Over the centuries, various forms of expression have been banned or destroyed, and their creators have been censored, imprisoned, tortured, killed, exiled. It is the mission and responsibility of libraries to present multifarious viewpoints, and this is why the American Library Association joins other organizations to support Banned Books Week. “We all know nations that can be identified by the flight of writers from their shores. These are regimes whose fear of unmonitored writing is justified because truth is trouble...Therefore, the historical suppression of writers is the earliest harbinger of the steady peeling away of additional rights and liberties that will follow.” Burn This Book—Toni Morrison
For his outspoken criticism of modern China, contemporary artist and activist Ai Weiwei was followed, beaten, put in prison, and finally was able to leave his homeland and now lives in Berlin.
Oscar Wilde was sentenced to hard labor in prison for "gross indecency" with other men, aka homosexual acts, but jail did not prevent Wilde from writing.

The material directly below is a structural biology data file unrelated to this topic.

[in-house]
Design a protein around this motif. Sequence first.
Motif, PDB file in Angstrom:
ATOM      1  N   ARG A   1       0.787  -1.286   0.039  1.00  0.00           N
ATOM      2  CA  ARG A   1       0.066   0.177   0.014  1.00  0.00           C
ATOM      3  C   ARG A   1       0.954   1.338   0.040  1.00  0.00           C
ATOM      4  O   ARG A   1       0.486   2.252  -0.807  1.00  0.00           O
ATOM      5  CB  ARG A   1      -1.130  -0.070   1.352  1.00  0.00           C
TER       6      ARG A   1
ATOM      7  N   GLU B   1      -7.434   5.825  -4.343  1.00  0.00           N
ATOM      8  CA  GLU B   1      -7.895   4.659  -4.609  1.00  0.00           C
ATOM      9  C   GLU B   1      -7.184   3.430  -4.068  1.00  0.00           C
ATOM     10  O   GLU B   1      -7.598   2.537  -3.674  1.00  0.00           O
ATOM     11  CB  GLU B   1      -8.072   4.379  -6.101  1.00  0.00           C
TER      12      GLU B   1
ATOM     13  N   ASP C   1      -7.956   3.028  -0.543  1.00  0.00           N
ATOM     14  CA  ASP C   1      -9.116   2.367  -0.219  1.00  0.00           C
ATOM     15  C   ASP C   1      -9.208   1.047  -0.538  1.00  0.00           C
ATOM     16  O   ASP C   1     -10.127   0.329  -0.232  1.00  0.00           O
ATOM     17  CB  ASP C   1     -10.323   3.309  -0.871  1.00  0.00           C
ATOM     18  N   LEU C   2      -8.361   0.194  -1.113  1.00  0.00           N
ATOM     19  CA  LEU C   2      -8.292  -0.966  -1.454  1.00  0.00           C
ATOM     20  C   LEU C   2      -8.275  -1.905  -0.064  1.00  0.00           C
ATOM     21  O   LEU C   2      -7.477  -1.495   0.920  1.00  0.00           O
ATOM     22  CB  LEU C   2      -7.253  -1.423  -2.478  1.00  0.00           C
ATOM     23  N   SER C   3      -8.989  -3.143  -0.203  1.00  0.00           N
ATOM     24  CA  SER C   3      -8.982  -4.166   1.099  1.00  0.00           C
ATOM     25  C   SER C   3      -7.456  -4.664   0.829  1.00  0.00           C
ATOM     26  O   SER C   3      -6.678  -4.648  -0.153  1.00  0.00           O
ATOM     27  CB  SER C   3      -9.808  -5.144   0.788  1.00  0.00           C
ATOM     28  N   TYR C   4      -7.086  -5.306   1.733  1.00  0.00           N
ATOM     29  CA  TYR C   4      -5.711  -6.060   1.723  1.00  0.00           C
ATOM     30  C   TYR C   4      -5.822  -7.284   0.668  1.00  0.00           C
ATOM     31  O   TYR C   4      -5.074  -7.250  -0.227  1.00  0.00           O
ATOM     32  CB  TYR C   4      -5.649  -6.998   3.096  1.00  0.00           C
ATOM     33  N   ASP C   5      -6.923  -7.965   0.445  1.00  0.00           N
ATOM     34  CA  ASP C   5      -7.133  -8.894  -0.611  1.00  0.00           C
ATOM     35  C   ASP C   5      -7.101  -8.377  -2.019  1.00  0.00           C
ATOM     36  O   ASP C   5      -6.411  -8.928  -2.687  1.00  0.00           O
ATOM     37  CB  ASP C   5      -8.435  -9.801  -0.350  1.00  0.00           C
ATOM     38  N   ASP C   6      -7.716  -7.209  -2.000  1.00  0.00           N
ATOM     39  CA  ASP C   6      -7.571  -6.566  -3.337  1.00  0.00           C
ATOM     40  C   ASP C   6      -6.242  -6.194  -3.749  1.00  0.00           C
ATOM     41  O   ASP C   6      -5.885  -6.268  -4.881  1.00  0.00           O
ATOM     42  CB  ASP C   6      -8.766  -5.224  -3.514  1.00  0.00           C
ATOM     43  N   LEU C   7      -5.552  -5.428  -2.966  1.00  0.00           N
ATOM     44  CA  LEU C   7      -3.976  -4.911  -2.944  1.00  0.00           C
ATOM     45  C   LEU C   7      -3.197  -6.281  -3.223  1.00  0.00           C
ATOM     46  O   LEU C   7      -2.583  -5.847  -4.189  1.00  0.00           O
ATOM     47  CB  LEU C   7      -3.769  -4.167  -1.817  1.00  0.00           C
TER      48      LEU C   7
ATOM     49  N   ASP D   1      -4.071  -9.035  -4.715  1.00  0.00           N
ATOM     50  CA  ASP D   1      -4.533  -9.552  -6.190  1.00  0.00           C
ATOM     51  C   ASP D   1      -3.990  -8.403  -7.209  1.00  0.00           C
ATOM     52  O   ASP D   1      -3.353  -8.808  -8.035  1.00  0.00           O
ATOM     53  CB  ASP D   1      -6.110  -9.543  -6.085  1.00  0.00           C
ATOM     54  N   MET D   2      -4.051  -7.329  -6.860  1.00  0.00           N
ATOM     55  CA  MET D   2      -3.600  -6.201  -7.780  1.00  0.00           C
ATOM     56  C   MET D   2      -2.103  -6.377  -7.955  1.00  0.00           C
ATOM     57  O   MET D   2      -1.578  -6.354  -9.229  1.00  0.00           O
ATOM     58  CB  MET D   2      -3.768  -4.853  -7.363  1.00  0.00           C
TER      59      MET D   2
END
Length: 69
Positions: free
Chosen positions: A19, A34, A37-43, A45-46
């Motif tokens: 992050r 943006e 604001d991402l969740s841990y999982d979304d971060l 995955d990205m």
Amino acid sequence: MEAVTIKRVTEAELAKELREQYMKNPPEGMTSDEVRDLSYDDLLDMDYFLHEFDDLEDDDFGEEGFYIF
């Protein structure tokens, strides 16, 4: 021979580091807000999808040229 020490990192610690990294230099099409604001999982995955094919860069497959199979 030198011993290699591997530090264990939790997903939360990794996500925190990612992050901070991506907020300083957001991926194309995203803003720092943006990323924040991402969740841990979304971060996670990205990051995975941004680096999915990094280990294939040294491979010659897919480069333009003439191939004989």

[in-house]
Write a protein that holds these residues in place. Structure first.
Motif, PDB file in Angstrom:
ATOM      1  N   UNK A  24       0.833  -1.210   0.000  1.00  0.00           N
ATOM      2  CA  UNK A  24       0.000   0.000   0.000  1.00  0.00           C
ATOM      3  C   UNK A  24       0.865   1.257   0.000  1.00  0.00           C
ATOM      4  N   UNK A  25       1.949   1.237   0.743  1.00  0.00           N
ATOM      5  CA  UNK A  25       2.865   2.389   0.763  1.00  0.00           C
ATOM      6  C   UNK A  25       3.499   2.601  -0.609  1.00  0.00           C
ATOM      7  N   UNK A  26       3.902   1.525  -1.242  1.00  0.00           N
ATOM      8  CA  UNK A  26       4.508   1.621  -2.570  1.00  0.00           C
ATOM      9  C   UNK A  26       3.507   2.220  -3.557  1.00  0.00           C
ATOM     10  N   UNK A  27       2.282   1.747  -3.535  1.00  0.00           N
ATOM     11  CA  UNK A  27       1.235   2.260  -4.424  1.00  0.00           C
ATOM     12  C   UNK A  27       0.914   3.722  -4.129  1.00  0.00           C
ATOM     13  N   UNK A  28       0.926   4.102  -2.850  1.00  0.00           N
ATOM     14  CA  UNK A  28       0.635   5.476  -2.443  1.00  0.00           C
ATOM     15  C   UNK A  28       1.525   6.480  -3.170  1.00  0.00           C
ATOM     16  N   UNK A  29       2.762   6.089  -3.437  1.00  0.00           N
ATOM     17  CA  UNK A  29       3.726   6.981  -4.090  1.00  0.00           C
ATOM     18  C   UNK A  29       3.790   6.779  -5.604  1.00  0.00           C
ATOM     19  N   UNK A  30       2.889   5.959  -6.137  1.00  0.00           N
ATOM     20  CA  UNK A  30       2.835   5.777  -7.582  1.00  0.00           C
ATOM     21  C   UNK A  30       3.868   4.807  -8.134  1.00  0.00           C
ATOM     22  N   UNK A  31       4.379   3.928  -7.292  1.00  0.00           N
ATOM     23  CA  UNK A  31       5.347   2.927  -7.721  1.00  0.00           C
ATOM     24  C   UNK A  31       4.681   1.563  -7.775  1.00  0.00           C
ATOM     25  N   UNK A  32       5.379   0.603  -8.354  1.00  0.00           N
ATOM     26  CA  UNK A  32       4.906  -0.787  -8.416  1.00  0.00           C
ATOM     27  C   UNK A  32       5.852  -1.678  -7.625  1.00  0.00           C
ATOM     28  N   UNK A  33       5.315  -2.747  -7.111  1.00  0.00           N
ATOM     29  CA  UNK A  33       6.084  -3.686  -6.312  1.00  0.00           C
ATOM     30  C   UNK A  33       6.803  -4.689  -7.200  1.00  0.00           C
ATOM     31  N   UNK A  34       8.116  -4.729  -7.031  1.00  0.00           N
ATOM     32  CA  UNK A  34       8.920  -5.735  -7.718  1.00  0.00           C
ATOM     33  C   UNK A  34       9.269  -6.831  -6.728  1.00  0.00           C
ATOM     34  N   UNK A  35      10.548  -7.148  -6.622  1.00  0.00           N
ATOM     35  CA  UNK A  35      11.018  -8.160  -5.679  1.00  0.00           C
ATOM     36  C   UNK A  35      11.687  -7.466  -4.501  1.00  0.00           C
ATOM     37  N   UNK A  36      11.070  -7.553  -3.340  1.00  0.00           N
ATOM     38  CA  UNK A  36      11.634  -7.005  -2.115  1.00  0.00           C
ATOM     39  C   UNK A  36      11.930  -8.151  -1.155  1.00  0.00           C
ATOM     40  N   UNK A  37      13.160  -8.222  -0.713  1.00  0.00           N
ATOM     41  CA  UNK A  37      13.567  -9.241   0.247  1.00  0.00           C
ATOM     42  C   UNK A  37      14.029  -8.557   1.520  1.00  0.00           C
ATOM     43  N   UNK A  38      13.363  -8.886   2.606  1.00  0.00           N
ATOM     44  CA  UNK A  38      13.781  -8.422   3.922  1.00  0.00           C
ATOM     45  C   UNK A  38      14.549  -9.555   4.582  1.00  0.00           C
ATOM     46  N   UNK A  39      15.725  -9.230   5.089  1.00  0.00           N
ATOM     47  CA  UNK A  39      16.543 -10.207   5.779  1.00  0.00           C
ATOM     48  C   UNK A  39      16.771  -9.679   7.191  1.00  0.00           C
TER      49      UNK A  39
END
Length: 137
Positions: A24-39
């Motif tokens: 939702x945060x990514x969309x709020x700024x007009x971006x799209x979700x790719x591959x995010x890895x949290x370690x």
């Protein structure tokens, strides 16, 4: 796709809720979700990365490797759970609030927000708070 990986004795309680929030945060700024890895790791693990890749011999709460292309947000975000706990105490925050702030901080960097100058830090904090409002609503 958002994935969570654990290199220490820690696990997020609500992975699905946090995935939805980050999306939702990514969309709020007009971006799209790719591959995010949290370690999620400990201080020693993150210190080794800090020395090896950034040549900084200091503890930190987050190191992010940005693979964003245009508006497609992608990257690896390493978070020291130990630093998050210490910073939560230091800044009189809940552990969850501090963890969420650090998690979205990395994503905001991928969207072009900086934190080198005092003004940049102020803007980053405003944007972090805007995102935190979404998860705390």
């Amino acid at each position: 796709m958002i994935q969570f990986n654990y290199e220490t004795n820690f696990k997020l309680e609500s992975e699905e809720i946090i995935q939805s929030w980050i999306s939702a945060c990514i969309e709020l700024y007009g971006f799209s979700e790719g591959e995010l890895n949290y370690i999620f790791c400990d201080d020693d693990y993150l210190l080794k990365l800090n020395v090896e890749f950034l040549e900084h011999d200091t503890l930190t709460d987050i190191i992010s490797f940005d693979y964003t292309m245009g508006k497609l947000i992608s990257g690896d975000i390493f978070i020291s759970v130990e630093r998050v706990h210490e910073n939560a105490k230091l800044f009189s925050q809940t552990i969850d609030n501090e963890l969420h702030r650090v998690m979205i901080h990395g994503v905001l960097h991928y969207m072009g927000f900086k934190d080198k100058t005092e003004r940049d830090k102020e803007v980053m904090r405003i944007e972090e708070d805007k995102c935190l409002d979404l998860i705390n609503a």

In 2006 Shafak was tried and acquitted for “insulting Turkishness” because one of the characters in this novel refers to the massacre of Armenians, during World War I, as genocide. Shafak no longer lives in Turkey and has stated that, “Turkey is the world’s leading jailer of journalists.”
A compelling history of how written knowledge has been collected and maintained in libraries, going back millennia, and the destructive forces that have tried to subvert, censor or destroy those materials.
The title of a series of books, published yearly, that documents, “News that didn’t make the news—and why. The top censored stories and media analysis. Press freedoms on a ‘post-truth’ world."
Carlo Levi was an Italian artist, writer and doctor, and an anti-fascist before and during World War II. He was charged and sent to internal exile in the small town of Eboli.